Cover Image
close this bookSmall Scale Processing of Oilfruits and Oilseeds (GTZ, 1989, 100 p.)
close this folder1. Oil Plants and their Potential Use
close this folder1.2 The major oil plants
View the document1.2.1 Oil palm
View the document1.2.2 Coconut palm
View the document1.2.3 Soyabean
View the document1.2.4 Groundnut
View the document1.2.5 Sunflower
View the document1.2.6 Sesame
View the document1.2.7 Rape and mustardseed
View the document1.2.8 Other oil-yielding plants

1.2.2 Coconut palm

The coconut palm, Cocos nucifera, is botanically grouped in the same subfamily Cocoideae as the oil palm. Although it is long since cultivated in all tropical regions, it originates from the South-West Pacific and South-East Asia; a region which is still the main producer.

For optimal growth, the coconut palm needs an average annual temperature of about 26° C with only small amplitudes between day and night. Therefore, even along the equator good yields are only realized below altitudes of 750 m. At sea level, the area of cultivation extends at least 150 north and south of the equator; in the Pacific it even reaches the subtropics. Where the plant depends on rainfall, 1250 to 2500 mm per year are seen as optimal. Good sunshine conditions are also necessary.

Figure 3: Coconut palm (a) unripe fruit with endosperm beginning to grow, (b) ripe fruit, (c) germ after 3 months, Me - mesocarp, EM = embryo, En = endocarp, Esp = endosperm, Kei = germ, Ha = “apple".

Source: S.Rehm, G. Espig, 1984, p. 87

World production of coconuts and copra (the dried, but otherwise unprocessed flesh of the nut) has only increased moderately over the last decade and currently stands at about 35 million tons. The "Far East" countries (including India and Sri Lanka) together with the Pacific region produce almost 90 % of this volume, Latin America and Africa share the rest about equally. Most important single producing countries are Indonesia (over 10 million tons p.a.) and the Philippines (about 8 million tons p.a.). For coconut oil, local demand is very high in Indonesia; therefore, the Philippines clearly are the leader in the market with a share of over 50 %. Africa as a whole contributes less than 3 %.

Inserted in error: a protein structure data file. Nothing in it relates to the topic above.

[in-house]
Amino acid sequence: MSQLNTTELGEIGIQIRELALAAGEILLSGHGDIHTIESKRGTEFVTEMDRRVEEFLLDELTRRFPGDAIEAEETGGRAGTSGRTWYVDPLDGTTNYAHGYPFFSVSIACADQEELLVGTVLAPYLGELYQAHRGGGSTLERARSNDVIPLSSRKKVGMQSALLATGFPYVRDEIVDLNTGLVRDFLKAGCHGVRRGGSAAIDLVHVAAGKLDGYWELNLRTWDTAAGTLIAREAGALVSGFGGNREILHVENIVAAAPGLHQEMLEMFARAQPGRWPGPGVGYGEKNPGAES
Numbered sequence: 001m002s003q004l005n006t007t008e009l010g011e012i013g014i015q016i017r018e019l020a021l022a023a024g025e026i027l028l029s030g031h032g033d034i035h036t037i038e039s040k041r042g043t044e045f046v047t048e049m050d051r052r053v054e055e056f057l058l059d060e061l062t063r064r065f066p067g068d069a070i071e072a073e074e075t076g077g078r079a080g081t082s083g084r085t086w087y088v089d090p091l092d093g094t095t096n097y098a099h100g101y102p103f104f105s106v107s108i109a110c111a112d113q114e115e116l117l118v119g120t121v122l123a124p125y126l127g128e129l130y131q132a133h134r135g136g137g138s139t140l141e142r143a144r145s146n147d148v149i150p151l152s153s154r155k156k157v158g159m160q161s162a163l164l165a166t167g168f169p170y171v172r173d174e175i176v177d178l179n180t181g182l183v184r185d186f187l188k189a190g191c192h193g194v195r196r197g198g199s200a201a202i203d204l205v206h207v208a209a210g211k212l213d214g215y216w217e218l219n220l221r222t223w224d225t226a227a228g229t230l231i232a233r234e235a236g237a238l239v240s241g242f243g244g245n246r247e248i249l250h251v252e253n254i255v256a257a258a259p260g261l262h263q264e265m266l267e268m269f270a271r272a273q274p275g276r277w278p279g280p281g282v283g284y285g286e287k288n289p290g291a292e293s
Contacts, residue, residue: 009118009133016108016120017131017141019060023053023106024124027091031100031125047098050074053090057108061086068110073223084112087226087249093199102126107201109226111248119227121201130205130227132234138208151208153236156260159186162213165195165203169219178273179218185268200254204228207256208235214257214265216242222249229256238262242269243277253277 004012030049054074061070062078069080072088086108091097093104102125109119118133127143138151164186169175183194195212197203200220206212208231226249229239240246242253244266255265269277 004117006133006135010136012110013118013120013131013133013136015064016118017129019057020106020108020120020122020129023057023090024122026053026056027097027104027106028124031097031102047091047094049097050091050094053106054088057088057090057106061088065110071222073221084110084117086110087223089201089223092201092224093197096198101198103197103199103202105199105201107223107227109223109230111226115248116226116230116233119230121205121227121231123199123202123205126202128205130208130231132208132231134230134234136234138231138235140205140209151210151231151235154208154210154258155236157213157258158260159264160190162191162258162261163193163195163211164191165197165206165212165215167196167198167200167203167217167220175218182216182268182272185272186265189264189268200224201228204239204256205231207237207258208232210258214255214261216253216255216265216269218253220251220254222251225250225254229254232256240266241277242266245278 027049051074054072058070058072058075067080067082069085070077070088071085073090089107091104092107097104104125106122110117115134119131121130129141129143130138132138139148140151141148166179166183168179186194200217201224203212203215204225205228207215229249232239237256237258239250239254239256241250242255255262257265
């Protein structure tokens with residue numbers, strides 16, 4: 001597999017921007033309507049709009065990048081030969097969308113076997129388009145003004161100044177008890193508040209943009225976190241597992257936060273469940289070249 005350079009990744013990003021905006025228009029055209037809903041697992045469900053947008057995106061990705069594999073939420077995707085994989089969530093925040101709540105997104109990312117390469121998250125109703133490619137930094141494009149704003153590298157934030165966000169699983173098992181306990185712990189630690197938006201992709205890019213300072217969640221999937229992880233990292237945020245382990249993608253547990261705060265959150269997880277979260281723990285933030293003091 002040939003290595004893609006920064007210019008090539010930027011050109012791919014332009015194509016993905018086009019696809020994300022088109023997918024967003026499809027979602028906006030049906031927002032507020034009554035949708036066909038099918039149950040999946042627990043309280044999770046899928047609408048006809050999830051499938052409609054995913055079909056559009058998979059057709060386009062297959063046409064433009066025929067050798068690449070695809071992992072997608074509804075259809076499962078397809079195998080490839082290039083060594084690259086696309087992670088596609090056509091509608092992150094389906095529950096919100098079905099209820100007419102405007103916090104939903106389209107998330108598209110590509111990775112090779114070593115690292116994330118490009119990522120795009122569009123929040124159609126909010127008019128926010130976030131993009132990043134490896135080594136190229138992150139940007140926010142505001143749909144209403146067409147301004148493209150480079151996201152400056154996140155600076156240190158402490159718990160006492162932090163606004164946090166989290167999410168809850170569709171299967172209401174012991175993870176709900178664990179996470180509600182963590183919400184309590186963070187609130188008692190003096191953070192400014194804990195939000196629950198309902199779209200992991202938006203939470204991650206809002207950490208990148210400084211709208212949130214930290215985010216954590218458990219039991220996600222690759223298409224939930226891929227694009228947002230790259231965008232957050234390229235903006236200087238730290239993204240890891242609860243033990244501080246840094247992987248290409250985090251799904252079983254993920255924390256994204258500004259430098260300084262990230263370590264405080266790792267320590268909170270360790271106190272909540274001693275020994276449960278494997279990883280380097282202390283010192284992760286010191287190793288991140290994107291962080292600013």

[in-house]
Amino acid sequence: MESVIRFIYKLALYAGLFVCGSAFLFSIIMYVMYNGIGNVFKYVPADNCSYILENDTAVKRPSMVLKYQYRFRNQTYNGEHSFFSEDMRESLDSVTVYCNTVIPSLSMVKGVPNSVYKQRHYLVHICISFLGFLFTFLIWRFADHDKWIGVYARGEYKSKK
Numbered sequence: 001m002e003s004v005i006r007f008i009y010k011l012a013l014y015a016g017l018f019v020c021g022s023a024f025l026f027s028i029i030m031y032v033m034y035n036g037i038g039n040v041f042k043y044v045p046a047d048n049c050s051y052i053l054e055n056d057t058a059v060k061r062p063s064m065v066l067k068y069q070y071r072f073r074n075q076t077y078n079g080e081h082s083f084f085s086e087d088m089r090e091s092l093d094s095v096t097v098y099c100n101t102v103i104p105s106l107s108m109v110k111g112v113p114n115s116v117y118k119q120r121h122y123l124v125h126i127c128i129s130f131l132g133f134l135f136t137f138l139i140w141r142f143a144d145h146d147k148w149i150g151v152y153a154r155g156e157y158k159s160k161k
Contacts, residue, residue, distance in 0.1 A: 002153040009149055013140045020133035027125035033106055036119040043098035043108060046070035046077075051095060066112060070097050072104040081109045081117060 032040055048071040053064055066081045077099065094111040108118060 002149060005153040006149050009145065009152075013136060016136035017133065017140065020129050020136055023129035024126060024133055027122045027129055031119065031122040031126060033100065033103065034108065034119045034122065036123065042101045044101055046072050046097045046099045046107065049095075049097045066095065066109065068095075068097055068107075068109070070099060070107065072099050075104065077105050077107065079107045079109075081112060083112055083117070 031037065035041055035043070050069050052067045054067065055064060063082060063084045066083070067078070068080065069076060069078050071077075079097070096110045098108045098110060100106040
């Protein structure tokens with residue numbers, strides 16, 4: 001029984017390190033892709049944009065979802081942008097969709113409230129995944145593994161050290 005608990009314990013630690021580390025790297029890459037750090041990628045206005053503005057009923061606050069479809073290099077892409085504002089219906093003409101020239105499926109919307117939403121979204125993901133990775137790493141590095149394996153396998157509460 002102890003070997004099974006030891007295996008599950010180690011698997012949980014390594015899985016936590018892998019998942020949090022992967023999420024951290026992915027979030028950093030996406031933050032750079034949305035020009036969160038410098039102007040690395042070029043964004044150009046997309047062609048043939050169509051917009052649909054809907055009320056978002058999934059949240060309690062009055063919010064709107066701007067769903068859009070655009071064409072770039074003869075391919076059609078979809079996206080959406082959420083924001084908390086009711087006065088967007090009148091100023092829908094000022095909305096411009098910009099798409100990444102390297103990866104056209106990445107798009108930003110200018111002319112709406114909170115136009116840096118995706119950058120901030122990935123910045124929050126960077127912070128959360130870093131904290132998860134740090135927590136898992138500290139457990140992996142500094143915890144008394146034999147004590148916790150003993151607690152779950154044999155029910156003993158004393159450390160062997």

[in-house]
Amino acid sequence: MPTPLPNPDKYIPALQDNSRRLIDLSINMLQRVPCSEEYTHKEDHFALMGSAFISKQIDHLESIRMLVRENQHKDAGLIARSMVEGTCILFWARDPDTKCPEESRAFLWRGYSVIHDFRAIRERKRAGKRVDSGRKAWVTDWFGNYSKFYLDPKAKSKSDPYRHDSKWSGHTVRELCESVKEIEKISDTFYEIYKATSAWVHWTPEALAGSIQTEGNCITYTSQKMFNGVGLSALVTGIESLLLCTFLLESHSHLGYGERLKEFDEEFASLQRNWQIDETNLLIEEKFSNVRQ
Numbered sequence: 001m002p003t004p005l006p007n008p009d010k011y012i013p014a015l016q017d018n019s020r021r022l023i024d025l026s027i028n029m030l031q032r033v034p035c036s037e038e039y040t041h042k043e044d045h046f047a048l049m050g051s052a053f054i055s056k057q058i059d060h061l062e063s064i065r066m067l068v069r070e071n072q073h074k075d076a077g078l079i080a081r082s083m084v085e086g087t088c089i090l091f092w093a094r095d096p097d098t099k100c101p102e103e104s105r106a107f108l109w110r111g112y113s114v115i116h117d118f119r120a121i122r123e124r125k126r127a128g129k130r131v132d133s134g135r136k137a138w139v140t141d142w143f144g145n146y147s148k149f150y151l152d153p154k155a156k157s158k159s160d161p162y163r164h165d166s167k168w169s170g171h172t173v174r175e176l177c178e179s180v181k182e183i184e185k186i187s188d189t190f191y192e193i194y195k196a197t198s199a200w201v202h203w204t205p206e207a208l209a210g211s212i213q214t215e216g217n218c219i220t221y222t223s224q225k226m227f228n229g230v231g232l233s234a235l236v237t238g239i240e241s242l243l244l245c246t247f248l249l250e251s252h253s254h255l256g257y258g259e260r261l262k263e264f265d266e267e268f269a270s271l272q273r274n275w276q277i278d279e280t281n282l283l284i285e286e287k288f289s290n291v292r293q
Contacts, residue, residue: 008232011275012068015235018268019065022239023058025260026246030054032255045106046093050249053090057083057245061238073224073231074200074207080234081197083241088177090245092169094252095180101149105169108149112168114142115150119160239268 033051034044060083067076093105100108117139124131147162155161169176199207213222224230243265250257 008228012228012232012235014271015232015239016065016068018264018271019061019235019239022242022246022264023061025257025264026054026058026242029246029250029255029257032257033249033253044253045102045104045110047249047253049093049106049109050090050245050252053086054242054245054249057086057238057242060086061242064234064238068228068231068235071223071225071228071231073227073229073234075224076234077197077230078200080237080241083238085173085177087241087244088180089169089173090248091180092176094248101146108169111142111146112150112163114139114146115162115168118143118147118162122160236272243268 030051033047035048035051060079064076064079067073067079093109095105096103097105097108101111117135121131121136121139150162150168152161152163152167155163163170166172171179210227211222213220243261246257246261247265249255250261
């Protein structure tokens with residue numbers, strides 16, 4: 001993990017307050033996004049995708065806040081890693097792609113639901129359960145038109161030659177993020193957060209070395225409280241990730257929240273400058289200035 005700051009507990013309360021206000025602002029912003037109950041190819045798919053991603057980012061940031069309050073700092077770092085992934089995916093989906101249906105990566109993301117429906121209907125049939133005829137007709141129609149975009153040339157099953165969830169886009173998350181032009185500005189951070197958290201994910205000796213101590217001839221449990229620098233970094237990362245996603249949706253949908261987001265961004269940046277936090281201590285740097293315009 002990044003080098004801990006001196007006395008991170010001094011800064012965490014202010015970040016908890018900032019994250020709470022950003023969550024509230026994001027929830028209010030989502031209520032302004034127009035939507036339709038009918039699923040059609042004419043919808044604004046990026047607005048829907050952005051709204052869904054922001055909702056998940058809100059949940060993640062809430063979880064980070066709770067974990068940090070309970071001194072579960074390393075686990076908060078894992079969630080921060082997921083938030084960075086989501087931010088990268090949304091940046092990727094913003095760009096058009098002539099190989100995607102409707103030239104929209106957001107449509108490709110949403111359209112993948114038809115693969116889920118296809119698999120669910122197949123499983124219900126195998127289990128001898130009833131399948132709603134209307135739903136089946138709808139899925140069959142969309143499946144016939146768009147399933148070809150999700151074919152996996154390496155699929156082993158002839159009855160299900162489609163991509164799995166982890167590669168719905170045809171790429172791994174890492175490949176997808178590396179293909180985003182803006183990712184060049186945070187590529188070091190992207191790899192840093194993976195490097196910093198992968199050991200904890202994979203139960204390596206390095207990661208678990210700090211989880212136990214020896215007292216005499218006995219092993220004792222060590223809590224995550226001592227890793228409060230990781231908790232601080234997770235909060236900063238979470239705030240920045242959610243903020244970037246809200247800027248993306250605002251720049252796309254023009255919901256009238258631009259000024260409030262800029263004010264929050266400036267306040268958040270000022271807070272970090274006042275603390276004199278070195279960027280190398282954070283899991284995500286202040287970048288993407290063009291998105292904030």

Apart from faster ripening and shorter stems, breeding efforts aim at resistance against diseases (e.g. Iethal yellowing which has done tremendous damage in the Caribbean). Crossings with so-called Malayan Dwarfs have given good results in this respect. Major pests are the rhinoceros beetle and a number of other leaf eating beetles and caterpillars.

The cultivation of coconut palms starts with planting the whole fruit, leaving just the upper end above the surface. On germination, the embryo forms a so-called “apple" (which is also consumed fresh). After about 4 to 5 months, the first roots leave the fibrous mesocarp. Planting distances for commercial plantation are about 9 m for high growing and 6 to 7 m for low growing varieties. Undercropping or double-use by grazing is common and can be the most economic land utilization.

A full-grown coconut palm yields 30 to 50 nuts per year with 8000 nuts per ha and year counting as a good harvest. Low growing hybrids usually have smaller nuts but can yield between 200 and 600 fruits per year.

To gain coconut oil, the fibrous husk is often separated from the nut. The nut is then split, usually with a bush knife, the flesh taken out and dried. Drying takes place in the open sun or in simple copra kilns which are fired with the coconut shells. The result is copra which has an oil content of 65 to 70 %. Maximum yields for new varieties are 9 tons of copra per ha, from which 6 tons of oil can be extracted. The actual extraction of the oil from copra is described in other chapters.

Coconut oil contains an extremely small percentage of unsaturated fatty acids. It therefore has a high melting point (22 to 26° C) and does not become rancid. It is therefore highly valued in warm climates and in others used for cakes and pastries. Other than for food purposes, the main use is quality soap.